The Food Chain Project is a pop-up supermarket made entirely of sculptural groceries that represent Itamar Gilboa's consumption over 365 days.
Each individual part of the installation — ranging from a lemon to a carton of milk and from a can of tuna to a duck — can be bought separately at the exhibition. Thirty percent of the profits will be donated to NGOs fighting food issues, thereby creating a food chain: "What I ate turned into art, which, when sold, can again become food," explains Gilboa.
The Israeli-Dutch artist kept a diary of everything he ate and drank for the duration of a year. He meticulously kept track of his daily consumption. Some three years later, the results can be seen in a sculpture installation, the Food Chain Project. His installation, a traveling pop-up supermarket consisting of more than 8,000 white plaster sculptural groceries, physically represents Gilboa's yearly consumption.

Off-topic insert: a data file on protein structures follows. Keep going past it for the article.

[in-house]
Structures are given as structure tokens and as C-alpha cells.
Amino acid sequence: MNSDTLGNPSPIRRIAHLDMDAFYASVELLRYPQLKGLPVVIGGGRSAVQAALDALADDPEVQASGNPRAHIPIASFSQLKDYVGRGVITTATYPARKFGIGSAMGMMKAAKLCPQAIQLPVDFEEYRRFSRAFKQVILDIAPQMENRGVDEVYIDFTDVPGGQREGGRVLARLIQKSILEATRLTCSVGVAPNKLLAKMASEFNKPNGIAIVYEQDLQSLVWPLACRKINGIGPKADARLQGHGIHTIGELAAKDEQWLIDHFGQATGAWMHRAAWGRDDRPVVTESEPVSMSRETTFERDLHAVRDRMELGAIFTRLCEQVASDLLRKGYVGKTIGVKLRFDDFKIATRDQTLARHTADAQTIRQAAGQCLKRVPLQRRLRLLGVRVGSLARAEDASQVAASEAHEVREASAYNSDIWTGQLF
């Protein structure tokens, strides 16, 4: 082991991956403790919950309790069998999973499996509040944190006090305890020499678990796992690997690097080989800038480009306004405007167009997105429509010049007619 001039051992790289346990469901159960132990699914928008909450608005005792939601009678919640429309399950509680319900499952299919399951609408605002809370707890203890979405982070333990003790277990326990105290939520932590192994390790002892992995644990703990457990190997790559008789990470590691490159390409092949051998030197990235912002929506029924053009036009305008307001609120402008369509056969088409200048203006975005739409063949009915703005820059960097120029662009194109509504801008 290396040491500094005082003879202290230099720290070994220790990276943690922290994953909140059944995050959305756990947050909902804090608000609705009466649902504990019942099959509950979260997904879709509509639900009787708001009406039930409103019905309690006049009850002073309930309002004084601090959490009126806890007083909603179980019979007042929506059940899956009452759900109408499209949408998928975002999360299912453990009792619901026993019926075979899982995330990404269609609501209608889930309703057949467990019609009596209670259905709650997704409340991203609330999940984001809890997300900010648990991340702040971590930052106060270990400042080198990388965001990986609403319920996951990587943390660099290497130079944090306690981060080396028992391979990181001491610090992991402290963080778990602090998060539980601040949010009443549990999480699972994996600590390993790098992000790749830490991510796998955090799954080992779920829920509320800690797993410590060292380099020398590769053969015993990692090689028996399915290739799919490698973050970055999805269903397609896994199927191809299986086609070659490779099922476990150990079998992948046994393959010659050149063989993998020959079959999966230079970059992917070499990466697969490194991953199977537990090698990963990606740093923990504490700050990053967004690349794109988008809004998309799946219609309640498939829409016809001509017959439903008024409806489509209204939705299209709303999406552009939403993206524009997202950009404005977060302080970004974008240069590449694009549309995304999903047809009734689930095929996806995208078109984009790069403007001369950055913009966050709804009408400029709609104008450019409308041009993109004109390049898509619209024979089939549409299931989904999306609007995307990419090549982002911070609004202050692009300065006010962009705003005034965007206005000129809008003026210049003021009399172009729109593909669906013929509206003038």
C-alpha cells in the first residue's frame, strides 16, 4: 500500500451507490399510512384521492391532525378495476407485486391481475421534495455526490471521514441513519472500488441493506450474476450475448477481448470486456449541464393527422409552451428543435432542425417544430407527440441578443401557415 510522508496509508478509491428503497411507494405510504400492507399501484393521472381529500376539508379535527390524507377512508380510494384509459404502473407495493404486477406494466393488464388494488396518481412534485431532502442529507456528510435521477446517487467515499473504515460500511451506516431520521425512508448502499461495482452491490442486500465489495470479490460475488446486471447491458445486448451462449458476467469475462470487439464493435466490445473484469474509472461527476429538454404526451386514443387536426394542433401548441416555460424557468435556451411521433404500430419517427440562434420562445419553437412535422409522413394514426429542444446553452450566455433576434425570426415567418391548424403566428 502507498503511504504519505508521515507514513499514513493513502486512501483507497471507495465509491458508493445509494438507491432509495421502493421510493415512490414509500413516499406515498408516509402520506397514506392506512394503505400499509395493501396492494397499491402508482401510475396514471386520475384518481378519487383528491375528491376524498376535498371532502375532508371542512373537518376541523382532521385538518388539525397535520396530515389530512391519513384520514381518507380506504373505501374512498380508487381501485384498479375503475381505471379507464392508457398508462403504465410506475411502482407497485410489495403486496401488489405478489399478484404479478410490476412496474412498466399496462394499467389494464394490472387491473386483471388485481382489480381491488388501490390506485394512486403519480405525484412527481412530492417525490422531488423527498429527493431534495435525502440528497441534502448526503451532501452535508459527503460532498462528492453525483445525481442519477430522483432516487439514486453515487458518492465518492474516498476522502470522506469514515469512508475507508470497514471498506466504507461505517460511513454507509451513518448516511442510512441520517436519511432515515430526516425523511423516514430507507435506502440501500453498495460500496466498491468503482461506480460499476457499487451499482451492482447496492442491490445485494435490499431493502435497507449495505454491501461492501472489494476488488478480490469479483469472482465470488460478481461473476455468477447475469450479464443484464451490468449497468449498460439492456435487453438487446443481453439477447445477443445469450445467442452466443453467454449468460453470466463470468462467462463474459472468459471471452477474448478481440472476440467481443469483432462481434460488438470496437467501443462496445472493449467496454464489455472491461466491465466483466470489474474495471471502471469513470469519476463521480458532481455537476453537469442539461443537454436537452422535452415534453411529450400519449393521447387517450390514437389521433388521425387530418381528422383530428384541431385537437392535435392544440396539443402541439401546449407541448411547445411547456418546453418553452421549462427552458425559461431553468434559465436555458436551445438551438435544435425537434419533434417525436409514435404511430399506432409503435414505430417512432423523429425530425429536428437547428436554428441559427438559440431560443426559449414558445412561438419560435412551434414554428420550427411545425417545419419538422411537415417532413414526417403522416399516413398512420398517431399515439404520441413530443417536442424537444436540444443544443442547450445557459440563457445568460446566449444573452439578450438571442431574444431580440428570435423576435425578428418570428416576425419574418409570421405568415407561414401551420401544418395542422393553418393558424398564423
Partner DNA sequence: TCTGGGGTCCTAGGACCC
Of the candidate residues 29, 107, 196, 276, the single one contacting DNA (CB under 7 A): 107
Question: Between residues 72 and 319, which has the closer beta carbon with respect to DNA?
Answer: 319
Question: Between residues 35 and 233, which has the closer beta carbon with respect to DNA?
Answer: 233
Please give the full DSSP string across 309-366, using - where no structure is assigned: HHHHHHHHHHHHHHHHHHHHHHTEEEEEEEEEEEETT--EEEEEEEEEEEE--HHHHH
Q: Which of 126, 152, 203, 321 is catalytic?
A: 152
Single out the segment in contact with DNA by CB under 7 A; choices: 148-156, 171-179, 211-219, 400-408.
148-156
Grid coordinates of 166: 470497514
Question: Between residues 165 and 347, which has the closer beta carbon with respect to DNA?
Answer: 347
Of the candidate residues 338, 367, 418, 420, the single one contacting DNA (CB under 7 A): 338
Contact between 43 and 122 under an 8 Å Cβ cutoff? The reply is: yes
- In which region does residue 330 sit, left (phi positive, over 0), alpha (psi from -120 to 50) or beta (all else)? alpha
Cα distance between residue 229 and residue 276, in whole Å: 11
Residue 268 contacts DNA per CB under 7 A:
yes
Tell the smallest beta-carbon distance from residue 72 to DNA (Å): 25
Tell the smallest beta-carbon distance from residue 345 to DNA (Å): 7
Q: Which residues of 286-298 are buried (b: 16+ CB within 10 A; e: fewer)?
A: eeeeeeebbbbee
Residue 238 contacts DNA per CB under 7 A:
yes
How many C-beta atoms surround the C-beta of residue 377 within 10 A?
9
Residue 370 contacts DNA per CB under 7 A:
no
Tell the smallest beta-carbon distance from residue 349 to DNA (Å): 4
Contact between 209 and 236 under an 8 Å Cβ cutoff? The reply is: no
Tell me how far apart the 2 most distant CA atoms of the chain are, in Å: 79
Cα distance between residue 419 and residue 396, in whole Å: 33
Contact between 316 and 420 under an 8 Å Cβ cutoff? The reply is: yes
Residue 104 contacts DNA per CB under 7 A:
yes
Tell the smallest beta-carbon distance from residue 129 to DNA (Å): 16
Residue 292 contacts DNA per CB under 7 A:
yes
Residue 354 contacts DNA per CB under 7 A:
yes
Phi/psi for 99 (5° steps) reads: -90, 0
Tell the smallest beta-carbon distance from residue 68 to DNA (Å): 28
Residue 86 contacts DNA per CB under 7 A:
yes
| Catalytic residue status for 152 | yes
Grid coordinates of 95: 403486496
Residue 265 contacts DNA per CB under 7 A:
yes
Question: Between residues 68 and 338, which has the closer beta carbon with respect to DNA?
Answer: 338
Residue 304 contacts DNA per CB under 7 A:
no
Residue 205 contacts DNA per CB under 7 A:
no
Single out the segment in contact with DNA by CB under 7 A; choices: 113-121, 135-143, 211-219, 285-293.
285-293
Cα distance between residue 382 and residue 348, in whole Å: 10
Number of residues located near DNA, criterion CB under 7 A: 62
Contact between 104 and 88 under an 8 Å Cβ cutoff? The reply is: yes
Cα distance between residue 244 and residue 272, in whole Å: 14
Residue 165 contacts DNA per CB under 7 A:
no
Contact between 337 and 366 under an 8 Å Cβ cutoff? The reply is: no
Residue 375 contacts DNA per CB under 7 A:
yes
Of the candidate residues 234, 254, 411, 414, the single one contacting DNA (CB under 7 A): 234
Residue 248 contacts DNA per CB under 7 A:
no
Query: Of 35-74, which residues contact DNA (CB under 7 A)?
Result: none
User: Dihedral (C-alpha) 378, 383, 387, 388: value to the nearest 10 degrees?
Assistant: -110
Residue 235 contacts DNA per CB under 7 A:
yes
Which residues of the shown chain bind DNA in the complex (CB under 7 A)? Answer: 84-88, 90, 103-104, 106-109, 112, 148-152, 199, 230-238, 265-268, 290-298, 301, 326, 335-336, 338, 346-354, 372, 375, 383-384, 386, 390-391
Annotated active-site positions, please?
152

Thinking about his personal consumption habits, Gilboa started to research the social implications of individual consumption choices on global food issues. By presenting the 8,000 products he consumed in a year, Gilboa aims to raise awareness and generate a wider discussion on global food issues. The installation is thought provoking and uses an inventive approach to point out our overconsumption, while hundreds of millions of people around the world still suffer from hunger every day.